N/A Hip Hop (which stands for nucleic acid and/or not available) released their first 6-track EP, “The Code”, under the name DNAtheG. They’re currently recording with Robie Rowland at Echo Studios to release their second EP, “Here Cometh The Dreamer,” under the name RNAtheMessenger, later this year. In the meantime, they’re releasing singles from it, the first of which is “Marco Polo.” The music video (see below) was filmed by Steven Yee, a former classmate of Matthew’s at Boston Latin School and Boston College who now works as a Hollywood film director. It’s beautifully shot like a short film, and follows the story of an emcee who chooses a performance over a date with his girlfriend. What follows is a dreamlike series of events where he comes home to find evidence that she’s cheating on him (though it’s not clear if she is or not), they fight and he takes off into the woods to clear his mind. There’s a lot of symbolism with a dropped and then found yin-yang necklace, as he confronts his personal demons. As the artist himself explains, “What I was trying to say is that even though he just fought with his girl and she cheated, he knows he was the reason for her disloyalty because he didn’t put her first, so the real fight is not with her but with himself.” That’s certainly a far cry from “bitches ain’t shit but hoes and tricks.”
“I’m a mystery of Agatha Christie
Edgar Allan Poe yo I’m mad and sadistic
Noam Chomsky said I’m bad with linguistics
In battles I go ballistic
Y’all babble spitting sophistic
My talent’s simply statistics
Trial and error I’ll die by heuristics.
I think I might be a mystic, science fiction”
– Marco Polo
There will be more singles from the upcoming album. The other songs are “Mechanical Hounds,” “Janitorial Madness,” “If Only,” “Grammy and a Girl” and “Here Cometh The Dreamer.” Here are some excerpts:
“These stars are life’s scars, just a part of creation, we were only meant to be, not to solve the equation. The mystery of our history breeds misery, don’t miss the beat, see victory is sweet, we mask hegemony as liberty.” -Grammy and a Girl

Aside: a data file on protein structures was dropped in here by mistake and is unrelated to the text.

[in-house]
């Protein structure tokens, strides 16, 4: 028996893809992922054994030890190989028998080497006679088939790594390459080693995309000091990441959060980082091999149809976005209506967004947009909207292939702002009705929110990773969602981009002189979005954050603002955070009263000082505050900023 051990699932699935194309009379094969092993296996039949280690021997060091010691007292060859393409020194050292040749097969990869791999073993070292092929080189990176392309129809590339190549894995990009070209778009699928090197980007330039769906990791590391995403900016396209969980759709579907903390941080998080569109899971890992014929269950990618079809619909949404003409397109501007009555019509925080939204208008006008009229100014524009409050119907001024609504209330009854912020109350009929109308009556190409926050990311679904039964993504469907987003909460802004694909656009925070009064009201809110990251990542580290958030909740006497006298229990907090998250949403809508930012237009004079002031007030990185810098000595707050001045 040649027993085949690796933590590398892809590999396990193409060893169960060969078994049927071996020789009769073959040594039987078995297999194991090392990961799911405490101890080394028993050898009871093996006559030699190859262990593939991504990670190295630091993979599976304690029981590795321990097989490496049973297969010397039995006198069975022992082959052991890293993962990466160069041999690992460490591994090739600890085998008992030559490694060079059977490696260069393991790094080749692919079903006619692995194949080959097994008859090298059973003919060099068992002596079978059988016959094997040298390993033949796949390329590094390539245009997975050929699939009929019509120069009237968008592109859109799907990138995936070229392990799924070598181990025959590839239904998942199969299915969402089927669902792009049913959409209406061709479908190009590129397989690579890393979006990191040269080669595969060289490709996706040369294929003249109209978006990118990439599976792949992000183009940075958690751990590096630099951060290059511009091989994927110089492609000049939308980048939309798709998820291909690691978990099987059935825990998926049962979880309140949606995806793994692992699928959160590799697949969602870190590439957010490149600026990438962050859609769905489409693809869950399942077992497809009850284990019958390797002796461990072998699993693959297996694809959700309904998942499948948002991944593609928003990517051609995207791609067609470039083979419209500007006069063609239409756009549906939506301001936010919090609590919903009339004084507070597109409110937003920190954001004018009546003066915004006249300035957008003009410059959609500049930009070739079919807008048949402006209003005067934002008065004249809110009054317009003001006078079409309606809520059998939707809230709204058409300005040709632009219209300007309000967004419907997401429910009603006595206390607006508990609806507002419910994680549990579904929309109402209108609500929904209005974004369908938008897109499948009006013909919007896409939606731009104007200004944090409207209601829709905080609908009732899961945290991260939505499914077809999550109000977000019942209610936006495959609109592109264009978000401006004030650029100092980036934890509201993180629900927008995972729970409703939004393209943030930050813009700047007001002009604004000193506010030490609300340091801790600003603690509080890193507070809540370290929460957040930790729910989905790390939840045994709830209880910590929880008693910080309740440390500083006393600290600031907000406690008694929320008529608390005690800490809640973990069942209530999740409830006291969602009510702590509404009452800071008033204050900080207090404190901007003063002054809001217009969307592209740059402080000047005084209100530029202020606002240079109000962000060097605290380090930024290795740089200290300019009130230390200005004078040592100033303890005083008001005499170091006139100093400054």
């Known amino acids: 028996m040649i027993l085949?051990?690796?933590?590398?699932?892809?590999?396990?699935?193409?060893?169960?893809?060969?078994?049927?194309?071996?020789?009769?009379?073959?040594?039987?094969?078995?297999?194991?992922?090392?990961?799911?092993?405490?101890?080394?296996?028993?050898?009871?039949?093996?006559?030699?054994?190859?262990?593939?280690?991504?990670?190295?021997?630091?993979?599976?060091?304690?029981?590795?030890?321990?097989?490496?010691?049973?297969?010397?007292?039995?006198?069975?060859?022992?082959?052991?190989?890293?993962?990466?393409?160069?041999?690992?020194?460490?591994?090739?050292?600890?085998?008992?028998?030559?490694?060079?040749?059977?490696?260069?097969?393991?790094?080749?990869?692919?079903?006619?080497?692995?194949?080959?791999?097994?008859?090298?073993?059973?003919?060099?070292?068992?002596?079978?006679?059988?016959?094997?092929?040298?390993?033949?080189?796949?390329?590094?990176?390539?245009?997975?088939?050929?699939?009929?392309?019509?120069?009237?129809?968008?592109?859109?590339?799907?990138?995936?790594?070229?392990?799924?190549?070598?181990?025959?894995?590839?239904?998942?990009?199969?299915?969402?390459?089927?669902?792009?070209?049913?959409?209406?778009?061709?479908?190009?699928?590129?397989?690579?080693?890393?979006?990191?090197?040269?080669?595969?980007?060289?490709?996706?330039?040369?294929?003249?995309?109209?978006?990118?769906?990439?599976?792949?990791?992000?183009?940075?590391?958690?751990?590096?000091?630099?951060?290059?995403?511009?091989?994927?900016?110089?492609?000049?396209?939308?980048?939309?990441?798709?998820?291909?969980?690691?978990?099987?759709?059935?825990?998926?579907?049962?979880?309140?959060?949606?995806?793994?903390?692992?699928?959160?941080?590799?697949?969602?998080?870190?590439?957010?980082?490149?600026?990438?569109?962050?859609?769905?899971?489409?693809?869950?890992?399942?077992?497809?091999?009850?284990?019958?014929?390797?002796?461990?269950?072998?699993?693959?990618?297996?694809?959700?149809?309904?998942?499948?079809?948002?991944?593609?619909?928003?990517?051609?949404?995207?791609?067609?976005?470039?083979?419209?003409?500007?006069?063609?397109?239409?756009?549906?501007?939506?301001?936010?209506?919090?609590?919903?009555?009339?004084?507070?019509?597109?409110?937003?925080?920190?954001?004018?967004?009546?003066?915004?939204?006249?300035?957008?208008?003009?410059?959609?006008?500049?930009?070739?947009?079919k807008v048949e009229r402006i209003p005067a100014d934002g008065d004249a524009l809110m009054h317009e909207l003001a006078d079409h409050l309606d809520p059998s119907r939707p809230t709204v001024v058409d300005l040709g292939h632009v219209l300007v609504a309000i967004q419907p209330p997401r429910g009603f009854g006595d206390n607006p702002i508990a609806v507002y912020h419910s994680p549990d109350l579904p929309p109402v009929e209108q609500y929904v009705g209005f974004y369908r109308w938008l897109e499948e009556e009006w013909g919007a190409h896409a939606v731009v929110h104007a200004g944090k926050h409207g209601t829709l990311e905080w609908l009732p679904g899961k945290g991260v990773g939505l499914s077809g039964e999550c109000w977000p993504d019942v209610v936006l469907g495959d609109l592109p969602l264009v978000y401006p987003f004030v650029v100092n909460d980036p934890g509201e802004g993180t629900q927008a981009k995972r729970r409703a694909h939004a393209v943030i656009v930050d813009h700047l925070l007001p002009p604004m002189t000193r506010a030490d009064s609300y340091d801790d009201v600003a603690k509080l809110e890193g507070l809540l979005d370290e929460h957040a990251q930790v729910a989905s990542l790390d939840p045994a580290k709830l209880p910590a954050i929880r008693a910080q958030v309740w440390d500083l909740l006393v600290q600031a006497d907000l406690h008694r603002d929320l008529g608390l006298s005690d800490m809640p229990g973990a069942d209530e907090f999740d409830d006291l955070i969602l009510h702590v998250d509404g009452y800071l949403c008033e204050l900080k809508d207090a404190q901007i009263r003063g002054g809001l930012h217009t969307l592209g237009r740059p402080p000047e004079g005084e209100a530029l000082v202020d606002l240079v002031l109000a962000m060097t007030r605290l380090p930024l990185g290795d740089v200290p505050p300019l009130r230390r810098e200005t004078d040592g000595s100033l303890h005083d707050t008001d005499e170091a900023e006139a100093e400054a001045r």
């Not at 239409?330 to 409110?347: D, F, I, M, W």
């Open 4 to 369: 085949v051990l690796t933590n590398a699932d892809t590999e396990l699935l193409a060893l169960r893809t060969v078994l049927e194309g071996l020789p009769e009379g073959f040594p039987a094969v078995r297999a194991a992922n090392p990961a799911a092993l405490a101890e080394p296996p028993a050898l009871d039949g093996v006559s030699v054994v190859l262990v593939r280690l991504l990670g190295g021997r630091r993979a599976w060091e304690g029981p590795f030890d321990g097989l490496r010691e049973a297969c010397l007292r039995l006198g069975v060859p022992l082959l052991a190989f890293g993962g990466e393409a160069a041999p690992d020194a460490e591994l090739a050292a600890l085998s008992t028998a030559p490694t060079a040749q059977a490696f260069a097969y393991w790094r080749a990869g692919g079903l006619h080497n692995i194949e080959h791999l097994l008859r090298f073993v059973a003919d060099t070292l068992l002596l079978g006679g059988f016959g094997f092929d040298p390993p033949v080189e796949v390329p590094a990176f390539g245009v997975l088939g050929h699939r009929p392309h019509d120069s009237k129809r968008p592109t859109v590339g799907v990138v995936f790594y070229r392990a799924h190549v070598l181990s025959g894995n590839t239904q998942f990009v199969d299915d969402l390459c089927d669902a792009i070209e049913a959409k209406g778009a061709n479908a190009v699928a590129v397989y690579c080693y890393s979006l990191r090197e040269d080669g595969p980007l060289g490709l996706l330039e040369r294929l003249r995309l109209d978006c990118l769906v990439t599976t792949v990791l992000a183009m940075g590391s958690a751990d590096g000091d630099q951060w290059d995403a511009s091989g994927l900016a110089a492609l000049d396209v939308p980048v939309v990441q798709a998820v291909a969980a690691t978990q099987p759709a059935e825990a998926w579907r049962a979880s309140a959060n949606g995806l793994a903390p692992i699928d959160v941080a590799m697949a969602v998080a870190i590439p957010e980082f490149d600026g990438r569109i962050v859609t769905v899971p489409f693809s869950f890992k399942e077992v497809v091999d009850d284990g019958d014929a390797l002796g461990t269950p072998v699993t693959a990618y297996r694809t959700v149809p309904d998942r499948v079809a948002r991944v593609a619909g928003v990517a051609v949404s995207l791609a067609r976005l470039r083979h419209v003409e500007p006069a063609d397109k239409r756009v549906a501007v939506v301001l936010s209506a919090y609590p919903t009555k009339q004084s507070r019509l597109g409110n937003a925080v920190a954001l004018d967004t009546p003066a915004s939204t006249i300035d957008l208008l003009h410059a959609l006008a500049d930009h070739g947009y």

“There’s no Clear Channel, our views warped, Now Everything We Slaves Consume Or Review Points to NEWSCORP” -Mechanical Hounds
“Edgar Allan Poe’s reincarnated soul, up at 3 AM copying “The Cask of Amontillado,” composing by the glow of a candle, with no handle on my sanity, one eye on the vanity mirror staring at my sorrow” -Janitorial Madness
Clearly this isn’t your typical rap music. The genre has been twisted and perverted, soaked in the stench of the mainstream music industry. What N/A Hip Hop is doing goes back to what I believe was the original intent, to report without a filter from the trenches of human experience. And besides, anyone who name drops Noam Chomsky in a song of any genre deserves a listen.
As for the title “Here Cometh the Dreamer,” it’s derived from a plaque outside the Civil Rights Museum in Memphis — “they said one to another, behold, here cometh the dreamer, let us slay him and we shall see what will become of his dreams.” Take that, Lil Wayne.
If you like what you see and hear, N/A Hip Hop will be returning home to open for Capone-N-Noreaga on July 19th at The Middle East Downstairs. His set is at 9:40 p.m. He’ll be performing with Colin Dwyer, who will be releasing his own EP on 9/11 at The Lizard Lounge.
A wondrous and magical gift for their fans
Just released from Los Angeles’ own Sea Wolf is the most eloquent and breathlessly beautiful of thank yous. Song Spells, No. 1: Cedarsmoke is a softly spoken, delicately woven, intimate and deeply personal masterpiece. They experimented with a faster, experimental approach to recording which has resulted in a simply gorgeous waking dream that feels like you’re sitting in a friend’s living room with the band gathered round playing for everyone. I’m tempted to say that every album from this point forth should be recorded in this way. This is rich acoustic and subtle electronic music elegantly intertwined but simply captured, with Alex Brown Church’s warm guitar tones and vocals front and center, accentuated perfectly by the music. Strings, percussion, acoustic guitar and voice all blend organically, interwoven in the magic of what feels like and probably is a live full band recording. That is not to say it’s simplistic, anything but, though the layering of instruments is very cleanly presented with each melody distinctly clear and shining brightly.